The Magazine

Warrior at Sea

Admiral 'Slew' McCain and the old Navy.

Jun 25, 2007, Vol. 12, No. 39 • By MACKUBIN THOMAS OWENS
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A Leader Born

The Life of Adm. John Sidney McCain, Pacific Carrier Commander

by Alton Keith Gilbert

Casemate, 288 pp., $32.95

Almost everyone knows that Sen. John McCain's father was an admiral. Indeed, Adm. John S. McCain Jr., U.S. Navy, served as commander in chief of the Pacific Command from 1968 until 1972, during which time then-Lt. Cdr. John S. McCain III was a prisoner of war in North Vietnam. McCain had been shot down in October 1967, and when the North Vietnamese discovered who his father was, they attempted to embarrass the American military by offering McCain a chance to go home. But he refused, remaining in North Vietnamese captivity for five-and-a-half years.

Most people, however, do not know that McCain's grandfather was also an admiral. That would include me. Indeed, when I was asked to review A Leader Born, I thought it was a biography of the senator's father, not his grandfather. But as I was to discover, in the pantheon of World War II naval leaders, John Sidney McCain ranks right up there with William Halsey, Raymond Spruance, and Marc Mitscher.

McCain has been described as "a gaunt, hawk-faced man known as Slew by his fellow officers and, affectionately, as Popeye by the sailors who served under him." One cannot imagine him in today's Navy. He gambled, cursed a blue streak, drank bourbon and branch water, and rolled his own cigarettes with one hand. His fitness reports were excellent, with the exception of "military appearance." Admiral Halsey called McCain's infamous combat-area headgear "the most disreputable one I ever saw on an officer." But because of his merits, McCain rose to become one of the Navy's greatest combat commanders in World War II, leading the powerful aircraft carrier force of "Bull" Halsey's Third Fleet during key campaigns in the Pacific.

When asked what he thought about McCain, Halsey replied, "Not much more than my right arm."

Gilbert's biography is workmanlike. It will never be confused with Winston Churchill's life of the Duke of Marlborough, but it provides a fairly complete picture of a remarkable combat leader who deserves to be better known than he is. Gilbert has done a good job of pulling together bits and pieces of information about a man who died only four days after witnessing the surrender of the Japanese aboard the USS Missouri and, therefore, didn't have an opportunity to provide his own reflections on his wartime career.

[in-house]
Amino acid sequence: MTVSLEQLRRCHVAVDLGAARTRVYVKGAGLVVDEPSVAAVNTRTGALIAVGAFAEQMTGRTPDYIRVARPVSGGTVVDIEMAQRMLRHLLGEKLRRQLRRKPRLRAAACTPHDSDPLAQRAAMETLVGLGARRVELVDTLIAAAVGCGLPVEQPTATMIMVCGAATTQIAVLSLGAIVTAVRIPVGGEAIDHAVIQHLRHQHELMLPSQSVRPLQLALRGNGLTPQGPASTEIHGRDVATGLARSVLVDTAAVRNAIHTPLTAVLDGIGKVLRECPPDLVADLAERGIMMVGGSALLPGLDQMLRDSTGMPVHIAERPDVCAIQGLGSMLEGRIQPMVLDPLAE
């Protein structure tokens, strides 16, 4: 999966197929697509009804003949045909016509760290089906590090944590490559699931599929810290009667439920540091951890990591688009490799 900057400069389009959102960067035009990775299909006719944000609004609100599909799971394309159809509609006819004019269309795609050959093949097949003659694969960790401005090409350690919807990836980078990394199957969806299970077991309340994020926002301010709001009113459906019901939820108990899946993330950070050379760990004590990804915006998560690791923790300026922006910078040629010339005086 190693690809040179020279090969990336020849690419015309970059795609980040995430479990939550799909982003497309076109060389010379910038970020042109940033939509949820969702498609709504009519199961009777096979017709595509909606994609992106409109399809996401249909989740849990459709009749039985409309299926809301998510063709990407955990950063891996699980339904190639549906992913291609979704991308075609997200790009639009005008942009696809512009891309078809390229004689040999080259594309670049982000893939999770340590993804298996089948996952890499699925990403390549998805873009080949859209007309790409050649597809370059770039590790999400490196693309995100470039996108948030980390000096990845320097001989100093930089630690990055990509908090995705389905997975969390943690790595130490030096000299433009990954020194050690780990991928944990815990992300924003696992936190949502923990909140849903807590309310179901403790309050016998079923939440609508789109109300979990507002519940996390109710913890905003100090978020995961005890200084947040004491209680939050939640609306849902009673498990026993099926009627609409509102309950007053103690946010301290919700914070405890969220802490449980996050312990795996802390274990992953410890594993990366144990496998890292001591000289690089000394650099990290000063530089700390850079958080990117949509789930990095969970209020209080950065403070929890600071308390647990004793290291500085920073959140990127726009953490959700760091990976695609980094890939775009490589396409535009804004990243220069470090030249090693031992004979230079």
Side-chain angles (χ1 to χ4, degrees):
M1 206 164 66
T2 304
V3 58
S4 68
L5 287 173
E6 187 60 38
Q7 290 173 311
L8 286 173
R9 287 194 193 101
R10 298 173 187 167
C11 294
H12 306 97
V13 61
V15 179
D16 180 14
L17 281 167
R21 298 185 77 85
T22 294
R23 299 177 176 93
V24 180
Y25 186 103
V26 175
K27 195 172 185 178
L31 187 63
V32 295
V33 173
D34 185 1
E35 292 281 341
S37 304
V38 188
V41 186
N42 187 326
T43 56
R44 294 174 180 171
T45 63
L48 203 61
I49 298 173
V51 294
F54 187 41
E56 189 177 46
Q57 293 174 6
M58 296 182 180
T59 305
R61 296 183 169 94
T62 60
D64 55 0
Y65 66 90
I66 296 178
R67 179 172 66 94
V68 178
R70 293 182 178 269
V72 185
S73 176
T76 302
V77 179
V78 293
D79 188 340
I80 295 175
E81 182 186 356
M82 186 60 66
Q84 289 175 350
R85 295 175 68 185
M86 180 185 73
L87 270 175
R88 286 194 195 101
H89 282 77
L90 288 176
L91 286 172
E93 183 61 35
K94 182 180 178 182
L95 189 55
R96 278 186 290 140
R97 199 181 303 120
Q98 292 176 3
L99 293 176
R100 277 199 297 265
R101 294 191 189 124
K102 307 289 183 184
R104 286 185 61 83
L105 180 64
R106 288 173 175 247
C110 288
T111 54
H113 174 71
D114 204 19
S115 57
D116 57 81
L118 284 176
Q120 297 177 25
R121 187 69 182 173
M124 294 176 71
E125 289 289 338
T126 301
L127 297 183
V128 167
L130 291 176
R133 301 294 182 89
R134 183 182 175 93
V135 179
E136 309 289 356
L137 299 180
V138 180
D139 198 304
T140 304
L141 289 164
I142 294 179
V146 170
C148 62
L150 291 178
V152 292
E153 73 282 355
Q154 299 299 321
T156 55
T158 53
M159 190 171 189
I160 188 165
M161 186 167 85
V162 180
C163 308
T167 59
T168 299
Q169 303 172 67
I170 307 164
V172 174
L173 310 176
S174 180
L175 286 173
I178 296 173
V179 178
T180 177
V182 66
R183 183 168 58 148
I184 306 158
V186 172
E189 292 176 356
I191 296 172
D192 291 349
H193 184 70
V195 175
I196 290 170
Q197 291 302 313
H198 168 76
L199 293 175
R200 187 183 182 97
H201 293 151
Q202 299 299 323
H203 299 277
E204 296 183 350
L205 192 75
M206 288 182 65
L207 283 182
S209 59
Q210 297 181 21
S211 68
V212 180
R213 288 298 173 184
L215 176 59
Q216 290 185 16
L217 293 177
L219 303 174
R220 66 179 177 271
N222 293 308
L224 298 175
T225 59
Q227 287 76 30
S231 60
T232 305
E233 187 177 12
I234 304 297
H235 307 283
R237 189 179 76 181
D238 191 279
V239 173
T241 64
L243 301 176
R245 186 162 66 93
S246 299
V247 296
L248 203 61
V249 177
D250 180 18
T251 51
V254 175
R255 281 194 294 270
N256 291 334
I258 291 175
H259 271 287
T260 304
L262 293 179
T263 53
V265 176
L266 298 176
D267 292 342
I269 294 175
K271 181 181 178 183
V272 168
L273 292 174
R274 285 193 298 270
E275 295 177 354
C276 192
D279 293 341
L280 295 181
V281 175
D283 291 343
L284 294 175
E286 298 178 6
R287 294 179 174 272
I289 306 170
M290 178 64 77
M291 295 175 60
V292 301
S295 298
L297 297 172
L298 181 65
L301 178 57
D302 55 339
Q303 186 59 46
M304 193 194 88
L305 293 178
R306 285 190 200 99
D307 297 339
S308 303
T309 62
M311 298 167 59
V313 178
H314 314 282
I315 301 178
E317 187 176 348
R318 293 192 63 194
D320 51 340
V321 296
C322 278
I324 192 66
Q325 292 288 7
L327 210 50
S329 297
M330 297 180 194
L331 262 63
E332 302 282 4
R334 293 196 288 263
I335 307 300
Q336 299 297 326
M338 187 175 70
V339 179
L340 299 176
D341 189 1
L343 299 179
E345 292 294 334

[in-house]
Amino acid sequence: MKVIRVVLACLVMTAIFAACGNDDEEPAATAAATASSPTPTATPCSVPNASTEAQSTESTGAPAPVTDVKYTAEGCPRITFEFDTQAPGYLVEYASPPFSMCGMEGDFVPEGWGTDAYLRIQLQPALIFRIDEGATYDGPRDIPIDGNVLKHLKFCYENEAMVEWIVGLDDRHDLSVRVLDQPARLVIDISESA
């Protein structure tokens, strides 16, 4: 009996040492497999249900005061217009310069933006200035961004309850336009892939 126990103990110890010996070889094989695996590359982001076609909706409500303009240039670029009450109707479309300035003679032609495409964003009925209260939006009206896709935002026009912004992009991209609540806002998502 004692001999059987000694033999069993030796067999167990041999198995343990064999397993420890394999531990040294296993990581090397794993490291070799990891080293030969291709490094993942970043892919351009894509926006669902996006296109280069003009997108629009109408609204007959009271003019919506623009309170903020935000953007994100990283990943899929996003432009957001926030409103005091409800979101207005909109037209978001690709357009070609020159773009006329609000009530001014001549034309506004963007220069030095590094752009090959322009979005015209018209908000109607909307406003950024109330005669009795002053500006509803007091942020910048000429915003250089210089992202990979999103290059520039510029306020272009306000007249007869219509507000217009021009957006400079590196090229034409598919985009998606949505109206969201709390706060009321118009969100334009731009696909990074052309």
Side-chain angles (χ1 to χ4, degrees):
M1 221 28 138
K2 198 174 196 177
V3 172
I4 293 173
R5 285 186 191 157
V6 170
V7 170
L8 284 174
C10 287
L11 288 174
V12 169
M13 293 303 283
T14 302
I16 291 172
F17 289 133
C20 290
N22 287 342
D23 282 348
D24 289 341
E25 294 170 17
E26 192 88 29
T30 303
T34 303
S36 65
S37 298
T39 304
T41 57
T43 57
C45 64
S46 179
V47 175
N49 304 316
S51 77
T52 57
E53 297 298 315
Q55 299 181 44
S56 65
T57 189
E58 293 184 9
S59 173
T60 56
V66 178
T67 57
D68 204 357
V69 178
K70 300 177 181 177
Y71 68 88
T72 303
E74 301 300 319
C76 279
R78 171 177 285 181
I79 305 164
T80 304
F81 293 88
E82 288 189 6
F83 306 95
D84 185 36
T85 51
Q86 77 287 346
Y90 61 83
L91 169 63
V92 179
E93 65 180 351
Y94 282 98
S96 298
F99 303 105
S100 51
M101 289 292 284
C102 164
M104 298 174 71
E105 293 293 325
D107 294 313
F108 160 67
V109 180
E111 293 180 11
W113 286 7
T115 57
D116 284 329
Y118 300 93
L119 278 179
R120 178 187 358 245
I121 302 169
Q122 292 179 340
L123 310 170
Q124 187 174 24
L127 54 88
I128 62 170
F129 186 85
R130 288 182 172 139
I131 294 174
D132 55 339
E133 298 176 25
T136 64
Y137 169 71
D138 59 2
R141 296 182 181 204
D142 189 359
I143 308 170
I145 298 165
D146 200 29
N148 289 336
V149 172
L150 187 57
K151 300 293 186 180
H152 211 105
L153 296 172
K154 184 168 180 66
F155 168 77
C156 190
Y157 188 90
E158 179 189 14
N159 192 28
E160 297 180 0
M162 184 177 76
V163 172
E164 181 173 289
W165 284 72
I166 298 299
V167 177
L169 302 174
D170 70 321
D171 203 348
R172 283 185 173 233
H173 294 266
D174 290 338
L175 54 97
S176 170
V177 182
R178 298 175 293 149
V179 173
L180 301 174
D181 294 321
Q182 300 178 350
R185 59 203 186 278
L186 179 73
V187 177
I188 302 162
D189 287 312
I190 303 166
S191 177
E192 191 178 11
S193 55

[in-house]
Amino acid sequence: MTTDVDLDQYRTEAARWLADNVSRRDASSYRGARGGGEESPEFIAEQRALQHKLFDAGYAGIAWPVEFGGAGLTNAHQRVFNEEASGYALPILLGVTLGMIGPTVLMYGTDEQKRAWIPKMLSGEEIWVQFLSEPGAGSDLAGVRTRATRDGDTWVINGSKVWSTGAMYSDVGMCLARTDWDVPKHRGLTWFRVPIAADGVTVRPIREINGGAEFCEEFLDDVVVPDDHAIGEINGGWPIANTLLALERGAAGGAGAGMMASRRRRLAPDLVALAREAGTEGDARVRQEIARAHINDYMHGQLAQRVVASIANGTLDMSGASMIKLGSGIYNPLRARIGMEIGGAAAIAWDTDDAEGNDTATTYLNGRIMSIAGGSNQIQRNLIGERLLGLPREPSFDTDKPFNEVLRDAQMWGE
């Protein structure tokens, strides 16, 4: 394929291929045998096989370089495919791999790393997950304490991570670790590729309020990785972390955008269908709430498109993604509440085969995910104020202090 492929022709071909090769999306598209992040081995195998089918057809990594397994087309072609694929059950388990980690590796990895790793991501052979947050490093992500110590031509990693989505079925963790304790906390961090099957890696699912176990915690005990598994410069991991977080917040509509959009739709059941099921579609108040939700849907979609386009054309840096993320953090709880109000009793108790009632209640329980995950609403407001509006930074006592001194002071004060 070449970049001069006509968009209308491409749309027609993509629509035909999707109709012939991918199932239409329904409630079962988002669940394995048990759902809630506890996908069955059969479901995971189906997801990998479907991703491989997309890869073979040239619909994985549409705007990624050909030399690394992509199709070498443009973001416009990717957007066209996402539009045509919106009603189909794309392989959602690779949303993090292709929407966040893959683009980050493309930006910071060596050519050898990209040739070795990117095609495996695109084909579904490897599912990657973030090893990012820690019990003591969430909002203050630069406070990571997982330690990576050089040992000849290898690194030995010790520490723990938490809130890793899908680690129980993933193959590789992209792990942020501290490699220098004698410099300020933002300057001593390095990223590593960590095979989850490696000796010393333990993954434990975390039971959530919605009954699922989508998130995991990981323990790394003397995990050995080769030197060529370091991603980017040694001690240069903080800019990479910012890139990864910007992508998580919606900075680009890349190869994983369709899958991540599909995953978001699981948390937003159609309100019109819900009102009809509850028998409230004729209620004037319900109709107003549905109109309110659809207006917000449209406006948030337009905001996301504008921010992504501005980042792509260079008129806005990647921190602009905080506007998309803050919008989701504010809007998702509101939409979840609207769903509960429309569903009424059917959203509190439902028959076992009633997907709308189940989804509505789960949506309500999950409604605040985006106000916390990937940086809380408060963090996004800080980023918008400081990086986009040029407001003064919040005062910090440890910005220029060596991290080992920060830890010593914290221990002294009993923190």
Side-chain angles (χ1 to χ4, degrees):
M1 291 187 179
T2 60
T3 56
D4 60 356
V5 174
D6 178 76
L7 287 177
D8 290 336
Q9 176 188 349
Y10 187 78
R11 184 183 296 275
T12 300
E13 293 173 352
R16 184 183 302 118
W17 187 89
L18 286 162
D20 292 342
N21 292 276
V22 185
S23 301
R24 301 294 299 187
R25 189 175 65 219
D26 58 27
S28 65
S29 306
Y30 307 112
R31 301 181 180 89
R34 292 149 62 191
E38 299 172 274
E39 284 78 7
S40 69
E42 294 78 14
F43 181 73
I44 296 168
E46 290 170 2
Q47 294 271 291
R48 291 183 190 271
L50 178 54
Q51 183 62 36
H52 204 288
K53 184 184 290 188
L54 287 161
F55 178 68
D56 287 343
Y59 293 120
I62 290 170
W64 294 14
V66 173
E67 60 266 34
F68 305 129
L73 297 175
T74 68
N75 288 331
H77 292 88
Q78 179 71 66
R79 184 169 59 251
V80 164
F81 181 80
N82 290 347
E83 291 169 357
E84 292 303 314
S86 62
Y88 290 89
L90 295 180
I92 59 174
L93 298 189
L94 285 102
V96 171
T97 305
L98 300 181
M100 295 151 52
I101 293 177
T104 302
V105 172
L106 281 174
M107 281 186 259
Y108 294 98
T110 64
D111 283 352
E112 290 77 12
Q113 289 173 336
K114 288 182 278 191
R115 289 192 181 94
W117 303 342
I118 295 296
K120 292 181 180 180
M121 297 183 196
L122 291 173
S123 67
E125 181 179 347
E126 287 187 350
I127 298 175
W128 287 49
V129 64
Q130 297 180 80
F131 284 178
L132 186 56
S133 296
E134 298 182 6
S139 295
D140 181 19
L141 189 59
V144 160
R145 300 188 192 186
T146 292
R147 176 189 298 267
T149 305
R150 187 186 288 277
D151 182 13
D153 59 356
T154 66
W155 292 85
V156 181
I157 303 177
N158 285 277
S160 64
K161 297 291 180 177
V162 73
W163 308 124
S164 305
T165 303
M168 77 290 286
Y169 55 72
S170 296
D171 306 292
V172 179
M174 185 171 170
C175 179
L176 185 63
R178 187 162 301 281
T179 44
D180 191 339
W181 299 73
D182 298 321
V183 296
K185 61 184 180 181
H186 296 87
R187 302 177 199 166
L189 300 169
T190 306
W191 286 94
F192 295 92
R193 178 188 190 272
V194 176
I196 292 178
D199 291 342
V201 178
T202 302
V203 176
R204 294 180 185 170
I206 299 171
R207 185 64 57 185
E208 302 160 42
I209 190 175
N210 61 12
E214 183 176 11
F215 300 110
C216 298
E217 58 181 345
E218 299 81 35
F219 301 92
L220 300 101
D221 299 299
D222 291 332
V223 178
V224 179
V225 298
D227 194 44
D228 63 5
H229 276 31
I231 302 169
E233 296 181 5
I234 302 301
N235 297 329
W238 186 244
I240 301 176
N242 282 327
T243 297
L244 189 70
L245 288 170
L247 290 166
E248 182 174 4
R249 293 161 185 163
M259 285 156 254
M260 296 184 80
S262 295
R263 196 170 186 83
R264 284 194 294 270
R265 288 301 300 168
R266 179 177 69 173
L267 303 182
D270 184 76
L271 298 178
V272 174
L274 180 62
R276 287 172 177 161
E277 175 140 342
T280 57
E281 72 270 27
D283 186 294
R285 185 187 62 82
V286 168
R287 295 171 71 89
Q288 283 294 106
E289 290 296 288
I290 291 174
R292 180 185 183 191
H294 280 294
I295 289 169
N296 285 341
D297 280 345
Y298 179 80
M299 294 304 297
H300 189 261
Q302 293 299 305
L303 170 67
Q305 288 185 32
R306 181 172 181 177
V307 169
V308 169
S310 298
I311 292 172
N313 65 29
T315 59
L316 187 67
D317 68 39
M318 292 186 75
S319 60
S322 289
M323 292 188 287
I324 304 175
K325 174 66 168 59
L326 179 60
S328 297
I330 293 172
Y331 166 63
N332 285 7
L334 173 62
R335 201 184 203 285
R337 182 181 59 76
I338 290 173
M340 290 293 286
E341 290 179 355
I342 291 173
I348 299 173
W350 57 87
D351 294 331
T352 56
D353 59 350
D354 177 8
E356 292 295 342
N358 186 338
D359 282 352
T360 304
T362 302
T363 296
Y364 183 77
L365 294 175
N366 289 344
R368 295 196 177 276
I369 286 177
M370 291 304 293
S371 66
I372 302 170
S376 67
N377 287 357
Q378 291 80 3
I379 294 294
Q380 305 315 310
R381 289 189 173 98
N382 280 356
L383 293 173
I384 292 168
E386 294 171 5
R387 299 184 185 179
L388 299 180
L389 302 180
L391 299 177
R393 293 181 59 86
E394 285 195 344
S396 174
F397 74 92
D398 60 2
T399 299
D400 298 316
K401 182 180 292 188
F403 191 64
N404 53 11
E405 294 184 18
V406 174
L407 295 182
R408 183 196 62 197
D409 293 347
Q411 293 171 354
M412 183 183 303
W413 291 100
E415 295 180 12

John Sidney McCain was born in Carroll County, Mississippi, in 1884, the son of John Sidney and Elizabeth-Ann Young McCain. He began his college studies at the University of Mississippi in 1901 but transferred to the Naval Academy the following year, from which he graduated in 1906. He rose through the grades to rear admiral in 1941 and to vice admiral in 1943.

McCain began his career as what today is called a surface warfare officer, serving on vessels ranging from gunboats to battleships. He also graduated from the Naval War College and pulled shore duty in Washington. But when the Navy needed senior officers to qualify as aviators, Captain John McCain earned his wings at age 52. Shortly thereafter, he commanded one of the Navy's first aircraft carriers, the USS Ranger. He was selected for promotion to flag rank at the end of 1940 and then assumed command of the Pacific Fleet's Scouting Force, consisting of three wings of PBY Catalina seaplanes.

In May 1942, McCain became commander of all land-based aircraft in the South Pacific, under Vice Admiral Robert L. Ghormley. His job was to protect the vital sea lanes between Hawaii and Australia, which required searching a huge area north of Australia to detect the movement of the Japanese from the Marshalls and Carolines toward the Solomon Islands.

During the struggle for Guadal canal, the Japanese were able to exploit a "seam" between Ghormley's South Pacific command (McCain's search area) and Gen. Douglas MacArthur's Southwest Pacific command to inflict on Ghormley's force one of the greatest defeats in the history of the Navy at the Battle of Savo Island. During this night battle, the Japanese task force sank one Australian and three American cruisers, and badly damaged another. Fortunately, the Japanese did not follow up their victory. Had they continued south and attacked the unprotected transports, the first allied offensive of World War II might have ended in disaster. As it was, it set things back considerably, leaving the Marines ashore operating on a shoestring.

While there was plenty of blame to go around for the debacle at Savo Island, McCain has borne his share of criticism for the failure of aerial reconnaissance. But McCain certainly balanced the books with "his visionary and relentless support for the Marines on Guadalcanal," for which he received the first of three Distinguished Service Medals.